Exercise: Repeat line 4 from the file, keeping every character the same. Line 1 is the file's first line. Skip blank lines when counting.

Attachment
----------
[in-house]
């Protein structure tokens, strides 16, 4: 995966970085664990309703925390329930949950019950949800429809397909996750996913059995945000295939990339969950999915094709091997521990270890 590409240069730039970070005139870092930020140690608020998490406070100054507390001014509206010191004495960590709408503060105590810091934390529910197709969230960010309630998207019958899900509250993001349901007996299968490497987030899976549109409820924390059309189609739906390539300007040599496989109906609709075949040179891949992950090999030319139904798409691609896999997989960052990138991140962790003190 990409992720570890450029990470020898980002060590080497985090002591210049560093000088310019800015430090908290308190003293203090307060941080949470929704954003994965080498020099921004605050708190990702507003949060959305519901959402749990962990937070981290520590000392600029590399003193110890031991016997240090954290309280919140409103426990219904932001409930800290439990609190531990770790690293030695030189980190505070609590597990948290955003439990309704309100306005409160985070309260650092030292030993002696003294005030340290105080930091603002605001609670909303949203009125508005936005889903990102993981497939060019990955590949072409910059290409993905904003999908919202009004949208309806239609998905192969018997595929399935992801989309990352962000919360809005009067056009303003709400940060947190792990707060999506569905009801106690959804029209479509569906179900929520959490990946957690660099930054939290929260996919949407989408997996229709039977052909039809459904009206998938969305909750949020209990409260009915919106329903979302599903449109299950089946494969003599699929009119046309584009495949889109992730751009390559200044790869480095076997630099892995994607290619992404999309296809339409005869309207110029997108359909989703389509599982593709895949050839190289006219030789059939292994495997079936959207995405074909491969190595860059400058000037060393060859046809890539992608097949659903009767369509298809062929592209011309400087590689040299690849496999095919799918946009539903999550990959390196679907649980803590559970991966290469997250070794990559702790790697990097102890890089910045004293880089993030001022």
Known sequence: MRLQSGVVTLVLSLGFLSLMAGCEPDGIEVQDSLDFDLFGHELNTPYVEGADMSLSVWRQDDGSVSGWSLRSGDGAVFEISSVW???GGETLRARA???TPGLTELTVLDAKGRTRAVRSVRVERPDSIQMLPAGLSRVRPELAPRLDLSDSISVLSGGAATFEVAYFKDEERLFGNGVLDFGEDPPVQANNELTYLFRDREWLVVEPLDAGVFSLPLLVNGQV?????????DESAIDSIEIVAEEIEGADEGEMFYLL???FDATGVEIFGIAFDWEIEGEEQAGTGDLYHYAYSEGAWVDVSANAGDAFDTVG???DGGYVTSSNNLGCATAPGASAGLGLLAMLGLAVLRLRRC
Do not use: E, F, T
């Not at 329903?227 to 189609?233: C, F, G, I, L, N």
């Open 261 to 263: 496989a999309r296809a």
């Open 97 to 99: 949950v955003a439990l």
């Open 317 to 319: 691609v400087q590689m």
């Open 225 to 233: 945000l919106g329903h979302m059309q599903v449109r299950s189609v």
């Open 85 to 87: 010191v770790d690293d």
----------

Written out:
Do not use: E, F, T